For nearly 2 miles of pavement last year, Koss paved with a stringless automated control system from Leica Geosystems. The automatic paver control system bases its guidance on a digital terrain model – a digitized 3D model of the pavement – that is entered into a computer onboard the paver. The paver also has two prisms, mounted above the machine, to receive signals from the two robotic total stations set up on tripods ahead of the paver. The prisms on the paver have a relation to points on the concrete paver’s pan.
When setting up the two total stations, a technician back-sights each of them to known control points. That fixes the location of the total stations relative to the runway’s digital model. The total stations can then “see” two prisms on the paver and communicate to the paver – by free-wave radio – the paver’s precise location. The on-board computer then processes the differences between the actual paver location and the digital terrain model. Knowing those differences, the computer controls the paver pan location automatically.
Koss used a total of three robotic total stations, and set two of them 250 feet in front of the paver. One robotic total station was set behind. When the paver advanced close to the two forward stations, a technician would leapfrog the rear total station to a point up ahead.
“The smoothness was good with the stringless system,” says Kennedy. “But those weren’t the two smoothest days we had. We were still learning the equipment. The guys were still on a learning curve. The crew liked the access to the equipment and they liked the access to the slab for finishing. But some of them have been paving for 20 years, and to not have that stringline to check grade was a little concerning for them.”
Kennedy says one advantage to the milling and concrete overlay process was that Koss could correct slopes and transitions into and out of curves. With so many asphalt treatments over 40 years, the slopes had gone awry. “We could go in there and pave back to the exact slope and correct all of those geometric issues,” Kennedy says.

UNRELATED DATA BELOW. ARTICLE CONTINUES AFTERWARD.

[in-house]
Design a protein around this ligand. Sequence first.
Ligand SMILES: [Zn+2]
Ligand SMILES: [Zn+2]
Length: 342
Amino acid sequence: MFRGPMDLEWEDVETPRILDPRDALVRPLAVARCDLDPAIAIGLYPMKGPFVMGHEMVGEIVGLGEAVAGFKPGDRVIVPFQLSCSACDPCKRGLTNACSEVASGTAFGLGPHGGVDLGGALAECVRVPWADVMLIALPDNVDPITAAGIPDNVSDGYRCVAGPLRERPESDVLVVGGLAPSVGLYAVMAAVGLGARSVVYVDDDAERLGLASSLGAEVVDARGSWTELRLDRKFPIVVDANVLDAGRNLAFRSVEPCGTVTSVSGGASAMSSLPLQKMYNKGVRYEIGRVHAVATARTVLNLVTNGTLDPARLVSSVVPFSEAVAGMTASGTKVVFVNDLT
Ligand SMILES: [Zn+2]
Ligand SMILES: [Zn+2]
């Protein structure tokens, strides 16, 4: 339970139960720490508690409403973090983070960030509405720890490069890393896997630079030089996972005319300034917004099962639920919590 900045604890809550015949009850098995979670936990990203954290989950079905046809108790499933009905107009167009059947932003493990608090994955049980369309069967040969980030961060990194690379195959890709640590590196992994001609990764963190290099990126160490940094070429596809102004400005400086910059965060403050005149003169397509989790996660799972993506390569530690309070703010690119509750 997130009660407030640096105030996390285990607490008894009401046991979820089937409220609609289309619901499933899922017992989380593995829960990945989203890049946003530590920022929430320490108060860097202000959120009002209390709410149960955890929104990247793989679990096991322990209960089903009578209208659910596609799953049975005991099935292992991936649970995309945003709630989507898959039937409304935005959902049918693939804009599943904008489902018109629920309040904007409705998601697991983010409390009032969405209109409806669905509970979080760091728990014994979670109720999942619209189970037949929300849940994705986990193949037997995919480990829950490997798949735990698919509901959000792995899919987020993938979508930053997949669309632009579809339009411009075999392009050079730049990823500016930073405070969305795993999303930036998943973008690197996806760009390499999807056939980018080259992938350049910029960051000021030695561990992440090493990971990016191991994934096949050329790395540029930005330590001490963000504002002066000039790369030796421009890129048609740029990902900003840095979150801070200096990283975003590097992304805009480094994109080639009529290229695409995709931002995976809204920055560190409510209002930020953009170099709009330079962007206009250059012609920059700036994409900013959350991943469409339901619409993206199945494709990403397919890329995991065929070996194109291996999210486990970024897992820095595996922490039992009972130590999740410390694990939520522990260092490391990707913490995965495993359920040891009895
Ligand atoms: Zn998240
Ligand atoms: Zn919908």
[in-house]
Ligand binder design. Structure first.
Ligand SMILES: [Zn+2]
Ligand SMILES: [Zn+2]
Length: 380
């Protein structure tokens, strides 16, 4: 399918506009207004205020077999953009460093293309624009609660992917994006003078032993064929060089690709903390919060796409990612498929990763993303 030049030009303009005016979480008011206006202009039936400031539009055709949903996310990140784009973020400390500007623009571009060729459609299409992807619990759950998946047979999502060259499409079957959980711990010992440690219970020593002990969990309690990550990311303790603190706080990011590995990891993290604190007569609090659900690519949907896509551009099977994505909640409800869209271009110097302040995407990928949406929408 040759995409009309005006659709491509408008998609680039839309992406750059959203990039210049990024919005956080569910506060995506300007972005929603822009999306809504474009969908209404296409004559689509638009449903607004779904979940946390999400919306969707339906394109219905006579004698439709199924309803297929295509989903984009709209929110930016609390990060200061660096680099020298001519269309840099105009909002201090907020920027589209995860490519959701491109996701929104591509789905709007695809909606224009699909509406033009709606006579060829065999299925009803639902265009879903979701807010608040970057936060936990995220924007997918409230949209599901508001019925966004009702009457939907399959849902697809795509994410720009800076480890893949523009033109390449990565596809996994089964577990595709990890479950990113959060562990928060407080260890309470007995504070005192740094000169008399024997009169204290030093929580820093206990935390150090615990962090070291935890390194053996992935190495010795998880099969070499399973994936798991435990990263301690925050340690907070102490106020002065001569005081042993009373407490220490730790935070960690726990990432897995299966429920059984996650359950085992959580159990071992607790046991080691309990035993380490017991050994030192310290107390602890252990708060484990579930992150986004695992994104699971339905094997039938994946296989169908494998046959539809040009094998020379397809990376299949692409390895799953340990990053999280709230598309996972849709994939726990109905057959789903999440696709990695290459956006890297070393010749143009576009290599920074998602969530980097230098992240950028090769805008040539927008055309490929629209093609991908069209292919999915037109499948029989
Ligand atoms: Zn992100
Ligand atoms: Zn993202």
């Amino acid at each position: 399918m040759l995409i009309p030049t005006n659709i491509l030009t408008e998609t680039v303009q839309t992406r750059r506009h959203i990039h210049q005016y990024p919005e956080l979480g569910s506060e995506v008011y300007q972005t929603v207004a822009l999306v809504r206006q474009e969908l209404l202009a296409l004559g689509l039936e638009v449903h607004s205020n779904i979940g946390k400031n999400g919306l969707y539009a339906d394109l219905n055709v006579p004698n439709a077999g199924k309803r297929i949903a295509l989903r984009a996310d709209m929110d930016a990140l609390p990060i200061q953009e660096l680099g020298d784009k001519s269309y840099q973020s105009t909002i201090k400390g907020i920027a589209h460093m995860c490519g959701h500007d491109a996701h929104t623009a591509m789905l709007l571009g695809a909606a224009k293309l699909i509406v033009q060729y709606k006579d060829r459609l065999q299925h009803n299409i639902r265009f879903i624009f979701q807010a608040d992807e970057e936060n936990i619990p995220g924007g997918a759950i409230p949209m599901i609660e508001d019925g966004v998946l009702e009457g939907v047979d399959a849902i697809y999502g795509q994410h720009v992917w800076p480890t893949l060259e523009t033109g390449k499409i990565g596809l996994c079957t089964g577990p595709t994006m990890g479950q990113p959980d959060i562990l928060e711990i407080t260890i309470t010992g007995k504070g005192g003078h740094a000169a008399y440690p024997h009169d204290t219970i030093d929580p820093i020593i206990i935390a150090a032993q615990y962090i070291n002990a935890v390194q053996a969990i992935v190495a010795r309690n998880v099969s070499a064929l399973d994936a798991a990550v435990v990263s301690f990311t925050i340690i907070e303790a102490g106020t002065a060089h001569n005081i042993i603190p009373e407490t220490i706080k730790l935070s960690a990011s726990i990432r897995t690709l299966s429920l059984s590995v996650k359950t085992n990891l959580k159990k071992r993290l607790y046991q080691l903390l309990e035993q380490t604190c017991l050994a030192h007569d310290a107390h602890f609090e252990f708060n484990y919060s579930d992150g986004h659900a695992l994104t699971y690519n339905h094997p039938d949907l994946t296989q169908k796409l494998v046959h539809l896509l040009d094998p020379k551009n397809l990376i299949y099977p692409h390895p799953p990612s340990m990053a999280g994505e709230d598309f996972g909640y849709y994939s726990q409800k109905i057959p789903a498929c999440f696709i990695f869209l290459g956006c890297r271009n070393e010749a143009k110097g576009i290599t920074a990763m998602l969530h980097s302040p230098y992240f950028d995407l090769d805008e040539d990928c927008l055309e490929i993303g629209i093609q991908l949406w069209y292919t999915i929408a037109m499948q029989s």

Koss inserted tie bars at 3-foot intervals across the longitudinal joints, but no dowel bars on the transverse joints. An automatic tie bar inserter on the Guntert & Zimmerman paver pushed the bars into the freshly-placed concrete.
The four I-70 projects by Koss are really Kansas’ first such major concrete overlays on asphalt. “We spent a lot of time and effort working with the KDOT people on this overlay product,” says Todd LaTorella, executive director, Missouri-Kansas chapter of ACPA. “KDOT had a need. What they were doing on that stretch of I-70 was not performing to their liking. Their asphalt overlay actions tended to have successively shorter lives. They finally got to the point that they felt comfortable with concrete overlays.”
Renewing Iowa County Roads
A variety of 4-inch concrete overlays
By Dan Brown, Contributing Editor
Concrete overlays have a successful track record in a number of states, including Colorado, Iowa, Illinois, Minnesota, North Carolina and Michigan, to name a few. Even so, some public agencies and contractors have been hesitant to use concrete overlays. Such hesitancy has been based on a number of factors, including the misperception that concrete overlays are expensive or difficult to build.
Concrete overlays have been standard practice in Iowa for years. Various counties in Iowa have been using 6-inch concrete overlays since 1975, says John Cunningham, vice president of the Iowa Concrete Paving Association. “Iowa counties have done hundreds and hundreds of miles of 6-inch overlays on asphalt. We did not count on the bond between the two materials, even though we knew we would have it,” says Cunningham. “They were not designed as composite pavements. We really just counted the old asphalt as a strong base under a new pavement.”